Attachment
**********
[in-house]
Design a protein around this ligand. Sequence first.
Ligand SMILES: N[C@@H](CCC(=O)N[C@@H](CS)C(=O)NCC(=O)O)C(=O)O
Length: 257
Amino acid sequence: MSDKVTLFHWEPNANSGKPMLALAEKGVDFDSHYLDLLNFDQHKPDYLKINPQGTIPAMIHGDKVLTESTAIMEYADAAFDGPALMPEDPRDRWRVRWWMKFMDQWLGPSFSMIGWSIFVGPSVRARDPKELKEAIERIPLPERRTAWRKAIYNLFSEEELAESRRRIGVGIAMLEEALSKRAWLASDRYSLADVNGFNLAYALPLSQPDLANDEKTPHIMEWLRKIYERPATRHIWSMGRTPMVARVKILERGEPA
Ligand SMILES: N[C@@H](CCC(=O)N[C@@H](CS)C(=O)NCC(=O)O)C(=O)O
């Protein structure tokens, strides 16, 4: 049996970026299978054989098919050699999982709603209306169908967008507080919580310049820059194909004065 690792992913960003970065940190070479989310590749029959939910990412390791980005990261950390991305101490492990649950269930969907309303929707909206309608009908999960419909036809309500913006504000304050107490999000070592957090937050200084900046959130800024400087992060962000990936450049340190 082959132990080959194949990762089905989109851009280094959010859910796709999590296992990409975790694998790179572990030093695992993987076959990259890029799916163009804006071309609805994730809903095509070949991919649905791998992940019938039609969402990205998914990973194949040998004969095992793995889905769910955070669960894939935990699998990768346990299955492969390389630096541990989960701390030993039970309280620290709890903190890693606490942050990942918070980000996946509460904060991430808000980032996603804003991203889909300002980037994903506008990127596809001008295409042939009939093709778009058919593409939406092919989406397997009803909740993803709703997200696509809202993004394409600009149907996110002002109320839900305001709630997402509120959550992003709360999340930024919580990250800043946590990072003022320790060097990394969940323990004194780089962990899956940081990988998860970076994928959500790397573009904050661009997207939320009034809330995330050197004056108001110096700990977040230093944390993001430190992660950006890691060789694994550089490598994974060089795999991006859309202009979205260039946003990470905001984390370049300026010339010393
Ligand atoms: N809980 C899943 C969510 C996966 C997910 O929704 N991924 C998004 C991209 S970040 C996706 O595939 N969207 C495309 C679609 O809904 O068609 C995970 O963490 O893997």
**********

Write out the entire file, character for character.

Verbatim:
[in-house]
Design a protein around this ligand. Sequence first.
Ligand SMILES: N[C@@H](CCC(=O)N[C@@H](CS)C(=O)NCC(=O)O)C(=O)O
Length: 257
Amino acid sequence: MSDKVTLFHWEPNANSGKPMLALAEKGVDFDSHYLDLLNFDQHKPDYLKINPQGTIPAMIHGDKVLTESTAIMEYADAAFDGPALMPEDPRDRWRVRWWMKFMDQWLGPSFSMIGWSIFVGPSVRARDPKELKEAIERIPLPERRTAWRKAIYNLFSEEELAESRRRIGVGIAMLEEALSKRAWLASDRYSLADVNGFNLAYALPLSQPDLANDEKTPHIMEWLRKIYERPATRHIWSMGRTPMVARVKILERGEPA
Ligand SMILES: N[C@@H](CCC(=O)N[C@@H](CS)C(=O)NCC(=O)O)C(=O)O
């Protein structure tokens, strides 16, 4: 049996970026299978054989098919050699999982709603209306169908967008507080919580310049820059194909004065 690792992913960003970065940190070479989310590749029959939910990412390791980005990261950390991305101490492990649950269930969907309303929707909206309608009908999960419909036809309500913006504000304050107490999000070592957090937050200084900046959130800024400087992060962000990936450049340190 082959132990080959194949990762089905989109851009280094959010859910796709999590296992990409975790694998790179572990030093695992993987076959990259890029799916163009804006071309609805994730809903095509070949991919649905791998992940019938039609969402990205998914990973194949040998004969095992793995889905769910955070669960894939935990699998990768346990299955492969390389630096541990989960701390030993039970309280620290709890903190890693606490942050990942918070980000996946509460904060991430808000980032996603804003991203889909300002980037994903506008990127596809001008295409042939009939093709778009058919593409939406092919989406397997009803909740993803709703997200696509809202993004394409600009149907996110002002109320839900305001709630997402509120959550992003709360999340930024919580990250800043946590990072003022320790060097990394969940323990004194780089962990899956940081990988998860970076994928959500790397573009904050661009997207939320009034809330995330050197004056108001110096700990977040230093944390993001430190992660950006890691060789694994550089490598994974060089795999991006859309202009979205260039946003990470905001984390370049300026010339010393
Ligand atoms: N809980 C899943 C969510 C996966 C997910 O929704 N991924 C998004 C991209 S970040 C996706 O595939 N969207 C495309 C679609 O809904 O068609 C995970 O963490 O893997």